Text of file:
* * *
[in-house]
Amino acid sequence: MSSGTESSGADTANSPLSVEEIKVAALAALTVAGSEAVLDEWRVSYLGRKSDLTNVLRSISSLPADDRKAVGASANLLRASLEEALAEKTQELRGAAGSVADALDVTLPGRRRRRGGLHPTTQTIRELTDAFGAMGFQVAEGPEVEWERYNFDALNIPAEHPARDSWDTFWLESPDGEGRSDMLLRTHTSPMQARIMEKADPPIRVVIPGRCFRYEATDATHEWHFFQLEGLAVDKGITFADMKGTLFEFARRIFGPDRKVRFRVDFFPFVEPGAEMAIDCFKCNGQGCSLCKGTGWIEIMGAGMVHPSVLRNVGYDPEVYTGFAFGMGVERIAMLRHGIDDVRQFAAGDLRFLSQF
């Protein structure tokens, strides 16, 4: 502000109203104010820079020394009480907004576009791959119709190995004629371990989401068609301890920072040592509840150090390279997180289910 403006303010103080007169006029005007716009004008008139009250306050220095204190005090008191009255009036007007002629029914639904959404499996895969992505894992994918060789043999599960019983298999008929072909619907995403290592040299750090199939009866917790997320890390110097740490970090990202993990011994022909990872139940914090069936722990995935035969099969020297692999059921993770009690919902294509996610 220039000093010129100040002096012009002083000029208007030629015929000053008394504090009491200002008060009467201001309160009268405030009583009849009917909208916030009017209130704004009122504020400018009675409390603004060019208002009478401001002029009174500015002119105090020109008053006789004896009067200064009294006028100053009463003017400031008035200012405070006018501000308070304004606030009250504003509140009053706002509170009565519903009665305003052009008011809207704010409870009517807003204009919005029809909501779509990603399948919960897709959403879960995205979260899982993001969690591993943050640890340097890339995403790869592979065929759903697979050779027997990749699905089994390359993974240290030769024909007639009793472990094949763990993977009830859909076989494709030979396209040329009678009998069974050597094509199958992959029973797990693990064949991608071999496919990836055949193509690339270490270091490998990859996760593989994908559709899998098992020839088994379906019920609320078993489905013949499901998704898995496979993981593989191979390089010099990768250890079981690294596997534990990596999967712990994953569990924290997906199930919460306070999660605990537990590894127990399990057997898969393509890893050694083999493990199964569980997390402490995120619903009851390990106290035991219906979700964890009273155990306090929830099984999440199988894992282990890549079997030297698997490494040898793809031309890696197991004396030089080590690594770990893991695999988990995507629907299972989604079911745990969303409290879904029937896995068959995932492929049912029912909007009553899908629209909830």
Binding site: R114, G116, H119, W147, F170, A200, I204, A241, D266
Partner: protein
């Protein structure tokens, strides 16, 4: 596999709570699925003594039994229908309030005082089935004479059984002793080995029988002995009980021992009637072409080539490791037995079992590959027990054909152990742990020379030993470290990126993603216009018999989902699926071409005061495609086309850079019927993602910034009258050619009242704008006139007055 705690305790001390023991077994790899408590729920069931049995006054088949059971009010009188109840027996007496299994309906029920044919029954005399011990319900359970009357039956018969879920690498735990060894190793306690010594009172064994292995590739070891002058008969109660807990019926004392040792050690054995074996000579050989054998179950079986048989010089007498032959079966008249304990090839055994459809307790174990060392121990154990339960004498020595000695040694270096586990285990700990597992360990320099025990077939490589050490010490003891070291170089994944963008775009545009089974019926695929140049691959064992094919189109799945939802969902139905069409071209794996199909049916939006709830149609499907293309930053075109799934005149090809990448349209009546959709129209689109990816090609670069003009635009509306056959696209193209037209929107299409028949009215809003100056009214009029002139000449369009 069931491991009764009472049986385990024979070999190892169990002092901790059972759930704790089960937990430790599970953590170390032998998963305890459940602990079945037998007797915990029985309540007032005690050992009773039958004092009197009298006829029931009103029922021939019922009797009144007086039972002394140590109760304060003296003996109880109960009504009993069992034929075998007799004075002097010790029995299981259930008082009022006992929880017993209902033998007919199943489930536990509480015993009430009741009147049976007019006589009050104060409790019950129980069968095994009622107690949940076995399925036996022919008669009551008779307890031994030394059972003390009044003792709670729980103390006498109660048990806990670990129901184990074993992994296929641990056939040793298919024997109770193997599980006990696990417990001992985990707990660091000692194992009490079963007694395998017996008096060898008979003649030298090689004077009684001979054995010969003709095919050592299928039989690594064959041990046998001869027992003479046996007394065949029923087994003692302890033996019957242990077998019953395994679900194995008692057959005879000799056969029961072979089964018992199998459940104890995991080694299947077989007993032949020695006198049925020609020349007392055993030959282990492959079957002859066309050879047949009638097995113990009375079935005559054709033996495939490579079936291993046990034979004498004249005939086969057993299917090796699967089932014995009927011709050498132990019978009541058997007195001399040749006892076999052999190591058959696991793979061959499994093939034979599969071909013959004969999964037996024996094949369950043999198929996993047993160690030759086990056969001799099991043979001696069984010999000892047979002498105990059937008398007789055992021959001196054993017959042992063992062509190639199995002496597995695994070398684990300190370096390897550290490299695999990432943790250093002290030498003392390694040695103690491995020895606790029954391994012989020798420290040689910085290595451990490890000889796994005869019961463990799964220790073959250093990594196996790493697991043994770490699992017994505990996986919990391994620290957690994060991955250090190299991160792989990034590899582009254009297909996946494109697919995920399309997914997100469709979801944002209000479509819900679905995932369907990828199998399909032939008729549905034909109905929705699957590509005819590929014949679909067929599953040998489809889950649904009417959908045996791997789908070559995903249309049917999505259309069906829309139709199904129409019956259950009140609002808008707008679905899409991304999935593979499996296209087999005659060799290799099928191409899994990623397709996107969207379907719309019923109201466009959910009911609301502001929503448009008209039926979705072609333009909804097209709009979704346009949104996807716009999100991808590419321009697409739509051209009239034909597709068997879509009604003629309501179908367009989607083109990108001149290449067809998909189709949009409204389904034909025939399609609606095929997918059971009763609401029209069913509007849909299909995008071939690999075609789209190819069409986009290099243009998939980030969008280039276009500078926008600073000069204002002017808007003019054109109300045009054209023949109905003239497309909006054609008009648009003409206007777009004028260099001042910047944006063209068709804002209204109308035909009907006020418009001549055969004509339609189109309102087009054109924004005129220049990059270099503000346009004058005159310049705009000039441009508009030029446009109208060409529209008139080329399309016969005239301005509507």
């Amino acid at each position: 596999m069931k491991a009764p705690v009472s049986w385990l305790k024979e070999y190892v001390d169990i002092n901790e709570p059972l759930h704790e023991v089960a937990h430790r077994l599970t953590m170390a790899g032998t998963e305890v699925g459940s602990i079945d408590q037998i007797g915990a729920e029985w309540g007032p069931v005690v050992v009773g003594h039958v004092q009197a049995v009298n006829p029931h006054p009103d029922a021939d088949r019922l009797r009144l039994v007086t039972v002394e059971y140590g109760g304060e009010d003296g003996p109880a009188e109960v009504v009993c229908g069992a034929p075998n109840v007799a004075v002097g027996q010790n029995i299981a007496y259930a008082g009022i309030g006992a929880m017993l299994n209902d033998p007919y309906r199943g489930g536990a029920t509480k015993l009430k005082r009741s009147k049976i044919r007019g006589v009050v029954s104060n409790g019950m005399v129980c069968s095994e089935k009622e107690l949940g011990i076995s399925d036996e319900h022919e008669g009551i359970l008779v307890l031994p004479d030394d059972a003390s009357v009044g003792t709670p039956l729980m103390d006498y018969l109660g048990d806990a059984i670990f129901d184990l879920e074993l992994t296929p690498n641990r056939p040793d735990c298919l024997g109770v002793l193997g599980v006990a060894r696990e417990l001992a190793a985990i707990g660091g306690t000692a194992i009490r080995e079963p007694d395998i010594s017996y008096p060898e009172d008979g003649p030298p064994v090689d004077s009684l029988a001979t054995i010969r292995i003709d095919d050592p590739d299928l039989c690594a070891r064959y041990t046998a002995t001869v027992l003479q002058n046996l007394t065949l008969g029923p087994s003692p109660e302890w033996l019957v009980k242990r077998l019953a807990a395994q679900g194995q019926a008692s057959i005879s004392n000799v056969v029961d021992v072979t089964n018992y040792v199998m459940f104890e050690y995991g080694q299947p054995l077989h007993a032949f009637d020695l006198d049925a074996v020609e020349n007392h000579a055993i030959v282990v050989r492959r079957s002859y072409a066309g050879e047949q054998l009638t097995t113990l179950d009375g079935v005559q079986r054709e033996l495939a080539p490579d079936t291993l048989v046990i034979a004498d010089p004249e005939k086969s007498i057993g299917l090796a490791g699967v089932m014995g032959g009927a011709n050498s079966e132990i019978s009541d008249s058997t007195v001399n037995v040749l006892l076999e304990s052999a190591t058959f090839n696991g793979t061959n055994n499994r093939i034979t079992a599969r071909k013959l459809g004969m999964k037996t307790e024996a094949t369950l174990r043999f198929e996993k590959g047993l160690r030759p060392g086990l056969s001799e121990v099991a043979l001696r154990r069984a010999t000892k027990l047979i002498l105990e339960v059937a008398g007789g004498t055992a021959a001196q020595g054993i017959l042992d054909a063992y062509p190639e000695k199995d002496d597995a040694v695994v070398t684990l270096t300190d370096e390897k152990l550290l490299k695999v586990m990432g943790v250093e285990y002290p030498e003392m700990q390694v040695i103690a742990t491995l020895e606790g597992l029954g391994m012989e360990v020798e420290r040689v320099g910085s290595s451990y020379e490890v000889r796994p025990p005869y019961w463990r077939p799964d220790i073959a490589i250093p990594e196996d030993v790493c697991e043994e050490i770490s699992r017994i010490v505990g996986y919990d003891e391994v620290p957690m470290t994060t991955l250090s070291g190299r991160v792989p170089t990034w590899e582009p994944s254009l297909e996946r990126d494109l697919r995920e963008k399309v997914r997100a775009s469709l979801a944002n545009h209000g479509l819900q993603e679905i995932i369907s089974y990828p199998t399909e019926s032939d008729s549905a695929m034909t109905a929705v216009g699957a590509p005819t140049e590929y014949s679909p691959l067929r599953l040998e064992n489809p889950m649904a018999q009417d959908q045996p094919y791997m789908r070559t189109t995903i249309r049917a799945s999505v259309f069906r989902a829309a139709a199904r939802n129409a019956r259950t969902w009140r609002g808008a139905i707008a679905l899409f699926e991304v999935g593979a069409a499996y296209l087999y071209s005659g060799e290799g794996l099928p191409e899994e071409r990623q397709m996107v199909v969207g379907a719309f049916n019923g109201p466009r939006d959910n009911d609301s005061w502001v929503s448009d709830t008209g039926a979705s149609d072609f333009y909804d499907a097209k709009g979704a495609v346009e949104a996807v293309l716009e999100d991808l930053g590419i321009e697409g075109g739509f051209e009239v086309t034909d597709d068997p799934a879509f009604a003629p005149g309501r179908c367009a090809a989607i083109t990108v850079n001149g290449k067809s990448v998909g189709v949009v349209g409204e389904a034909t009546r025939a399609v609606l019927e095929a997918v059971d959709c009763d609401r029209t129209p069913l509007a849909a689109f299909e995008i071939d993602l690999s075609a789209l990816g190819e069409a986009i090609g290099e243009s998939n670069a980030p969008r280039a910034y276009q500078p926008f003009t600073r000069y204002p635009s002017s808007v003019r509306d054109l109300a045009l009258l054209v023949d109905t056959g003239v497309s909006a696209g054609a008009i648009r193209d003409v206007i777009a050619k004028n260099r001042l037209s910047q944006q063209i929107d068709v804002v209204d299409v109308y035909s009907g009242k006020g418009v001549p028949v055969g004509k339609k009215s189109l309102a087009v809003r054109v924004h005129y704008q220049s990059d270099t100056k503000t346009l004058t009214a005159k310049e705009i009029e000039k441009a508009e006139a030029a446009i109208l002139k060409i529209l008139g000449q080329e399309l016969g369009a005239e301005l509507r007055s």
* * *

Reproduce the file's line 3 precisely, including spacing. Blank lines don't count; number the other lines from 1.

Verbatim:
């Protein structure tokens, strides 16, 4: 502000109203104010820079020394009480907004576009791959119709190995004629371990989401068609301890920072040592509840150090390279997180289910 403006303010103080007169006029005007716009004008008139009250306050220095204190005090008191009255009036007007002629029914639904959404499996895969992505894992994918060789043999599960019983298999008929072909619907995403290592040299750090199939009866917790997320890390110097740490970090990202993990011994022909990872139940914090069936722990995935035969099969020297692999059921993770009690919902294509996610 220039000093010129100040002096012009002083000029208007030629015929000053008394504090009491200002008060009467201001309160009268405030009583009849009917909208916030009017209130704004009122504020400018009675409390603004060019208002009478401001002029009174500015002119105090020109008053006789004896009067200064009294006028100053009463003017400031008035200012405070006018501000308070304004606030009250504003509140009053706002509170009565519903009665305003052009008011809207704010409870009517807003204009919005029809909501779509990603399948919960897709959403879960995205979260899982993001969690591993943050640890340097890339995403790869592979065929759903697979050779027997990749699905089994390359993974240290030769024909007639009793472990094949763990993977009830859909076989494709030979396209040329009678009998069974050597094509199958992959029973797990693990064949991608071999496919990836055949193509690339270490270091490998990859996760593989994908559709899998098992020839088994379906019920609320078993489905013949499901998704898995496979993981593989191979390089010099990768250890079981690294596997534990990596999967712990994953569990924290997906199930919460306070999660605990537990590894127990399990057997898969393509890893050694083999493990199964569980997390402490995120619903009851390990106290035991219906979700964890009273155990306090929830099984999440199988894992282990890549079997030297698997490494040898793809031309890696197991004396030089080590690594770990893991695999988990995507629907299972989604079911745990969303409290879904029937896995068959995932492929049912029912909007009553899908629209909830």